Electric motors, P1 and P2, large and small

Kes

Joined
31 May 2006
Messages
428
Reaction score
1
Location
Worcestershire
Country
United Kingdom
When we moved to our house some 30 years ago, we were blessed (and cursed financially) with a swimming pool. The circulation pump has failed after twenty years or so and I'm replacing it like for like. The old pump label says P1 is 0.45 kw, and P2 is 0.25 kw. I understand that P1 is the wattage the pump uses (that I pay for) and P2 is the power delivered at the output shaft (please excuse my mixing of watts, power, etc). So the pump uses 450 watts and pushes out 250 watts, 1/3 of an H/P (pool pumps are often classified by H/P).

This pump motor is quite hefty, about 8" long by 6" wide, all aluminium castings and fins. Can it really only deliver the same power in watts as my wife's hand-held food mixer? My small Bosch hammer drill is rated at 680 watts, can this tiny motor only a few inches long be one and a half times as powerful as the huge pump motor?

I have to say that when the pump runs it sucks mightily (in the original sense of the word) and pushes out about 100 litres a minute, so it isn't a toy, or for that matter a hand-held food mixer. How are these power outputs reconciled?
 
Sponsored Links
Joined
18 Mar 2017
Messages
851
Reaction score
158
Location
Wales
Country
United Kingdom
The pump is likely rated for continuous duty, whereas the other things are for low duty cycles only.
 
Joined
30 Jun 2008
Messages
14,879
Reaction score
1,572
Location
Suffolk
Country
United Kingdom
The powerful pumping action will be because of the motor speed, which should be a 2 pole i.e. 2850-2970 rpm
You will need to replace with a comparable speed to maintain the pumping efficiency.

Not to dishearten you too much, I find modern pumps don't seem to be as robust as older ones as these days they are cheaper to throw away and replace. 20-30 years ago even very small motors were designed to last and be rewound if they failed. Now most motors are wound by robotic arms the price for new has been kept quite low.
 
Sponsored Links

Kes

Joined
31 May 2006
Messages
428
Reaction score
1
Location
Worcestershire
Country
United Kingdom
My existing pump is an ITT Marlow MC71. I can get a refurbishmant kit for £365, just the same price as a new Sta-Rite pump, which has a good reputation. The Marlow is speed 2880 rpm, P1 0.45 kw and P2 0.25 kw. The Sta-Rite is speed 2850 rpm, P1 0.4 kw and P2 0.25 kw. I guess I need reassurance that the new pump will perform as well as the old.

I think that the problem is perception. A swimming pool needs a hefty powerful pump, stands to reason. That something so puny - 250 watts! - is doing it is rather a surprise.
 
Joined
28 Jul 2009
Messages
6,660
Reaction score
566
Location
Kent
Country
United Kingdom
My existing pump is an ITT Marlow MC71. I can get a refurbishmant kit for £365, just the same price as a new Sta-Rite pump, which has a good reputation. The Marlow is speed 2880 rpm, P1 0.45 kw and P2 0.25 kw. The Sta-Rite is speed 2850 rpm, P1 0.4 kw and P2 0.25 kw. I guess I need reassurance that the new pump will perform as well as the old.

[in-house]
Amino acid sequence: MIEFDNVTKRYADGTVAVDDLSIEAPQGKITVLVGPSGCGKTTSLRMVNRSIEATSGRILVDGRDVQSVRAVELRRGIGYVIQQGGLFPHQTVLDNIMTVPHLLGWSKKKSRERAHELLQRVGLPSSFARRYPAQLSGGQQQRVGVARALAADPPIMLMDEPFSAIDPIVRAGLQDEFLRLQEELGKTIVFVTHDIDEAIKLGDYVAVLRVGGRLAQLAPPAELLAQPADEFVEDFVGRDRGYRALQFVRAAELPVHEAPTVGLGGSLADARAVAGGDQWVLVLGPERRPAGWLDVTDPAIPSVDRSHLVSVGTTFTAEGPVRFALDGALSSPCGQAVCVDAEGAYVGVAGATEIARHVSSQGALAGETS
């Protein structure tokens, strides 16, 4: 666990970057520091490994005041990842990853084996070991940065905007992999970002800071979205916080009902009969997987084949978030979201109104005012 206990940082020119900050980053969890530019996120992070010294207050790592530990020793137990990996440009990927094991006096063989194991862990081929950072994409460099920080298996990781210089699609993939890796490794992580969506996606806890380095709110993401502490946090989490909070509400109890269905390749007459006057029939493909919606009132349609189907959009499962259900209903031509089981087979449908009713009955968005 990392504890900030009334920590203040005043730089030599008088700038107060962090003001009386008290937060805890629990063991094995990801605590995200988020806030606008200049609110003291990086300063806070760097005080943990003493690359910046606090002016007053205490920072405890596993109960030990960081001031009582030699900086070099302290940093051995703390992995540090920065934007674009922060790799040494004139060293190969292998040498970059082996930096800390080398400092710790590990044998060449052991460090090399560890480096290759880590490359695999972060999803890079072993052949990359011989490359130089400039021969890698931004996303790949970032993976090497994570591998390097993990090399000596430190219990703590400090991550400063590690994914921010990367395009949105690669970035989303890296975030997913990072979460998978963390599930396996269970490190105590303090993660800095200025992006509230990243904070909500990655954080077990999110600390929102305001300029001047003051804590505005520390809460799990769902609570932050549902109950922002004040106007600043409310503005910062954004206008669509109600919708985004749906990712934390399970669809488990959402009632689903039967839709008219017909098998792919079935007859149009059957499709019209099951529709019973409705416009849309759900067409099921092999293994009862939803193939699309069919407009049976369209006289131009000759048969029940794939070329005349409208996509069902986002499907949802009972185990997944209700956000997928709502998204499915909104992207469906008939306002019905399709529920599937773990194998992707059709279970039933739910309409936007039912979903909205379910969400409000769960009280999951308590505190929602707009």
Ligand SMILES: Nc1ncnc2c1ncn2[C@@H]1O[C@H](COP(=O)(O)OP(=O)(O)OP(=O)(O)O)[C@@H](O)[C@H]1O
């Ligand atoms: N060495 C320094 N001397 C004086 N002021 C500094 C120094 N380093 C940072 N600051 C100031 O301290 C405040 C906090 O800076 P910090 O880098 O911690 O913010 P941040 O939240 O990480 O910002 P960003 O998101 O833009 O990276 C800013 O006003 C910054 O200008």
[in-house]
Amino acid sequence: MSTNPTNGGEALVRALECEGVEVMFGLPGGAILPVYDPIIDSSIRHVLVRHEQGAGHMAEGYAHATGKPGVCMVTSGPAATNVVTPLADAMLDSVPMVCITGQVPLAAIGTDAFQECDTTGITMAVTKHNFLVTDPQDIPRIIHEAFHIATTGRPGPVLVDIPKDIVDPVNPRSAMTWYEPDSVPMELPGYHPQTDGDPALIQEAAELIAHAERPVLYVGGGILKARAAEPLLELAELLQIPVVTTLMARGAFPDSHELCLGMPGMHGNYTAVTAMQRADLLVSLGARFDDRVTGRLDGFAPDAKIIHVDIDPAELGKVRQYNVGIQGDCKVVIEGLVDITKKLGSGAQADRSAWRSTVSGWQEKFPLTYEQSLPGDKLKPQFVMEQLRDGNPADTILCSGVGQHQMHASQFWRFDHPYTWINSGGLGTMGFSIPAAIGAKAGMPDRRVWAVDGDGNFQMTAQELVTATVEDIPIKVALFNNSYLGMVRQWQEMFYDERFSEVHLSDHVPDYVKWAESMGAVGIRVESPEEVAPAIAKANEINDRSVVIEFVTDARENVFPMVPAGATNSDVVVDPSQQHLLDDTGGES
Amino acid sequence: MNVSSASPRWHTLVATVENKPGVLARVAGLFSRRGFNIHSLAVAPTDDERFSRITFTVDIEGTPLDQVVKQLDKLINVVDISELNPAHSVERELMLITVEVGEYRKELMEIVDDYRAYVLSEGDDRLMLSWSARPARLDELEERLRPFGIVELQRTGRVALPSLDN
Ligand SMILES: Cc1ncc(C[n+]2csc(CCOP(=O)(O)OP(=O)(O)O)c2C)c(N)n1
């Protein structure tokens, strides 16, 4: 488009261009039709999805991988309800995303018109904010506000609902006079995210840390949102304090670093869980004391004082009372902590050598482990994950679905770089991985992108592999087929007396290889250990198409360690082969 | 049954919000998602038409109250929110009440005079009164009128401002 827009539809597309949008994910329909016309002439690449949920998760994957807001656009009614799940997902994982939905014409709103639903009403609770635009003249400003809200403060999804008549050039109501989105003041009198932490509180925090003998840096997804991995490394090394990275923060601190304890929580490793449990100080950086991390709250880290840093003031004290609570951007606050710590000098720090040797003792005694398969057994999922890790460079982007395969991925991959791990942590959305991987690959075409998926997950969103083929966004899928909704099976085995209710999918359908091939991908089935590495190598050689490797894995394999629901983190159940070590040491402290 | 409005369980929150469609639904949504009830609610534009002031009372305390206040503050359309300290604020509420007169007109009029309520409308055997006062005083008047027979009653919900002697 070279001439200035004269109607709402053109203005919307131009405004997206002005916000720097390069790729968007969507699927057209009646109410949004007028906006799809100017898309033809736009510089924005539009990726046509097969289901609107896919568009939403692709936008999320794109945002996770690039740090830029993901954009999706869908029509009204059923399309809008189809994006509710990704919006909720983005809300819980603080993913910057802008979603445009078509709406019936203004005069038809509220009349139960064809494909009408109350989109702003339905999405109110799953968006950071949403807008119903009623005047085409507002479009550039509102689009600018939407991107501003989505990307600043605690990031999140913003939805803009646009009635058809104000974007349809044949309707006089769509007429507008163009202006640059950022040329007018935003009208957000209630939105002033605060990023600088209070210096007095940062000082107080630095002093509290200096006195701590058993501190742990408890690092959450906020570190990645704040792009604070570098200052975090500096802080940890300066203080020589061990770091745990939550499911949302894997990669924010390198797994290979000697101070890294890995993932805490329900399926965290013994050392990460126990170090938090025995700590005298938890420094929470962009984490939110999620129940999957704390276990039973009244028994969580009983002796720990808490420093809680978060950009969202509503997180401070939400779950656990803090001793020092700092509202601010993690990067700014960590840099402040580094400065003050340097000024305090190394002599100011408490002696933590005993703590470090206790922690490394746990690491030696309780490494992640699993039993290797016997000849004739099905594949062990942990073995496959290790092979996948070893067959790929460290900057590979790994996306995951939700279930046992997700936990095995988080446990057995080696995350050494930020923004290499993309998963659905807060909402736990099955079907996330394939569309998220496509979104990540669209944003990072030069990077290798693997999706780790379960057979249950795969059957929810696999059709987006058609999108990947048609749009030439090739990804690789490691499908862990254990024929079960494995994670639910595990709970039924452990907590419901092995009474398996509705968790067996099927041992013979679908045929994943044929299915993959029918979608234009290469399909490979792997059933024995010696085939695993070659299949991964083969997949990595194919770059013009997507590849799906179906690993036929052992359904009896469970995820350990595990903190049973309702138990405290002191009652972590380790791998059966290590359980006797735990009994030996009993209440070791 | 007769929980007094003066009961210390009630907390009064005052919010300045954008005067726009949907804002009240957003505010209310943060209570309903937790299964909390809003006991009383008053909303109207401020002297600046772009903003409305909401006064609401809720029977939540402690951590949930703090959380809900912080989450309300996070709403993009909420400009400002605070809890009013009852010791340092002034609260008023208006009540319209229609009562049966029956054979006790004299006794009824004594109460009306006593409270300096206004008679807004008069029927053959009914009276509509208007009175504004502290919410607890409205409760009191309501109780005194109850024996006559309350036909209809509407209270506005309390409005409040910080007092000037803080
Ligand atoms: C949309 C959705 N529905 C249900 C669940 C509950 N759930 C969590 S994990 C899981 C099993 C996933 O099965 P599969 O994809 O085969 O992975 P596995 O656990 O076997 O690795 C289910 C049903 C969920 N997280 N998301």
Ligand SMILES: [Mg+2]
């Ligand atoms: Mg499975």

I think that the problem is perception. A swimming pool needs a hefty powerful pump, stands to reason. That something so puny - 250 watts! - is doing it is rather a surprise.
It depends on what the pumps is expected to do - size, location, usage, heated etc. 250W is just about as basic as it gets for an indoor/covered domestic pool.
 
Joined
28 Nov 2004
Messages
822
Reaction score
49
Country
United Kingdom
I don't no much about pool pumps but I do no a very reliable pump manufacturer who may be able to help or point you in the best direction. I think the pump you have is probably not the best and may only be expensively serviceable.
worth asking
info@stuart-turner.co.uk
 
Joined
28 Jul 2009
Messages
6,660
Reaction score
566
Location
Kent
Country
United Kingdom
It depends on what the pumps is expected to do - size, location, usage, heated etc. 250W is just about as basic as it gets for an indoor/covered domestic pool.
I've dug out the drawings for a leisure complex, the main 25m pool has 3 pumps totalling 4.4KW and the leisure area with 3 slides @ 1.3KW each, rapid river @ 3.8KW etc totalling around 21KW. 7KW of air handling, primarily for condensation control. Starts putting things into perspective.
 
Joined
28 Jul 2009
Messages
6,660
Reaction score
566
Location
Kent
Country
United Kingdom
My existing pump is an ITT Marlow MC71. I can get a refurbishmant kit for £365, just the same price as a new Sta-Rite pump, which has a good reputation. The Marlow is speed 2880 rpm, P1 0.45 kw and P2 0.25 kw. The Sta-Rite is speed 2850 rpm, P1 0.4 kw and P2 0.25 kw. I guess I need reassurance that the new pump will perform as well as the old.

I think that the problem is perception. A swimming pool needs a hefty powerful pump, stands to reason. That something so puny - 250 watts! - is doing it is rather a surprise.
I've just looked at your OP again at the flow rate, How big is your pool?
 

Kes

Joined
31 May 2006
Messages
428
Reaction score
1
Location
Worcestershire
Country
United Kingdom
Thanks for the replies. The inground pool is about 48,000 litres. The reasons why I am considering replacing the old pump with a similarly powered one are: